Motion analysis and variability

Vicon motion analysis was used to calculate co-ordinates of markers in the x, y, and z planes of movement. Researchers then calculated both velocity and distance traveled every 10th percentile of each trial’s movement time. The within-subject SD of this data was then calculated and the means of this data provided a measure of variability throughout movement trajectory. This process was completed for both the back-swing and forward-swing of the golf putt up until ball contact and then again for the swing post ball contact (i.e., the follow through of the club). Thus, we calculated separate measures of variability in both velocity and distance traveled every 10% of the movement time for these three putting phases. To analyze the data, separate 3 group (Con, Int, Ext) × 3 experimental phase (Pre, LA, HA) × 10 position (10, 20, …, 100%) mixed model ANOVAs were performed on resultant XYZ data for both velocity and distance traveled; these analyses were conducted for each of the three previously described putting phases resulting in a total of six 3 group × 3 experimental phase × 10 position mixed model ANOVAs.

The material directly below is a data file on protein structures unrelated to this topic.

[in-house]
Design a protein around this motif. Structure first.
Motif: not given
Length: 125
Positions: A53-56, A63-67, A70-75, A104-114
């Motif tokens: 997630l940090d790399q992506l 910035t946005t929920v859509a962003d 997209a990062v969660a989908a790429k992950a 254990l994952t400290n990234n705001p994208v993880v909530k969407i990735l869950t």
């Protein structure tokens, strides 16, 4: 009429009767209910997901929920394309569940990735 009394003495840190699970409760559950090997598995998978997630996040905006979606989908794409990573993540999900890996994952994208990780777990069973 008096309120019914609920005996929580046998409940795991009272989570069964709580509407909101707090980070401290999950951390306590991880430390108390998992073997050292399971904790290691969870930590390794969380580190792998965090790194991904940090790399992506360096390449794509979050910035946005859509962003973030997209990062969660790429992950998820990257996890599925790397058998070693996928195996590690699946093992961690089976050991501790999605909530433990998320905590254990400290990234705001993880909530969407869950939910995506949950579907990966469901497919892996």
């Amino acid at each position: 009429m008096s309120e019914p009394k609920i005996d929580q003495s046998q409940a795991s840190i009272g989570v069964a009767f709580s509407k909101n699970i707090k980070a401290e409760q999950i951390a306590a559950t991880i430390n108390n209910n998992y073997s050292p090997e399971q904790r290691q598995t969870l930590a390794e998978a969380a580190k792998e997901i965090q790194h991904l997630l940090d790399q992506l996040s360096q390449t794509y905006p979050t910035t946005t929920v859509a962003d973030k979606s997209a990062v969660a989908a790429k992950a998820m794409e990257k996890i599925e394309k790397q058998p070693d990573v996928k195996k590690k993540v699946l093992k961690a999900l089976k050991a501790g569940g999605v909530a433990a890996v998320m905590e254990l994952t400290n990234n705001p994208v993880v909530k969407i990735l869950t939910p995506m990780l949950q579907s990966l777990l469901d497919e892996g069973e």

Anxiety data

The Mental Readiness Form-3 (MRF-3; Krane, 1994) was used to determine competitive anxiety and was administered prior to both LA transfer and HA transfer conditions. Additionally, HR gave a physiological indicator of anxiety and was recorded throughout LA and HA transfer conditions. This data was submitted to a three group (Con, Int, Ext) × 2 experimental phase (LA, HA) ANOVA.

Results

Anxiety (MRF-3 and HR)

Results of the MRF-3 data revealed a significant main effect for experimental phase (F1,26 = 19.35, p < 0.01, η2 = 0.43) with anxiety scores significantly increasing from LA to HA transfer (LA = 10.03, SD = 4.14; HA = 13.76, SD = 6.63). The results of the self-reported anxiety scores were supported by the HR data, which revealed a significant main effect for experimental phase (F1,26 = 9.68, p < 0.01, η2 = 0.27) with a significant increase in HR from LA to HA transfer (LA = 83.95, SD = 9.57; HA = 86.66, SD = 10.76). For both variables, main effects for group and group × experimental phase interactions were non-significant (p > 0.05).

Performance (NSP)

Pre-test

Results at pre-test revealed no significant difference between the NSP of participants in different conditions (F2,26 = 3.24, p > 0.05; internal = 3.67, SD = 0.83; external = 2.70, SD = 1.34; control = 4.70, SD = 1.25). Thus, any performance differences cannot be attributed to differences prior to the investigation.

Pre-test, LA, and HA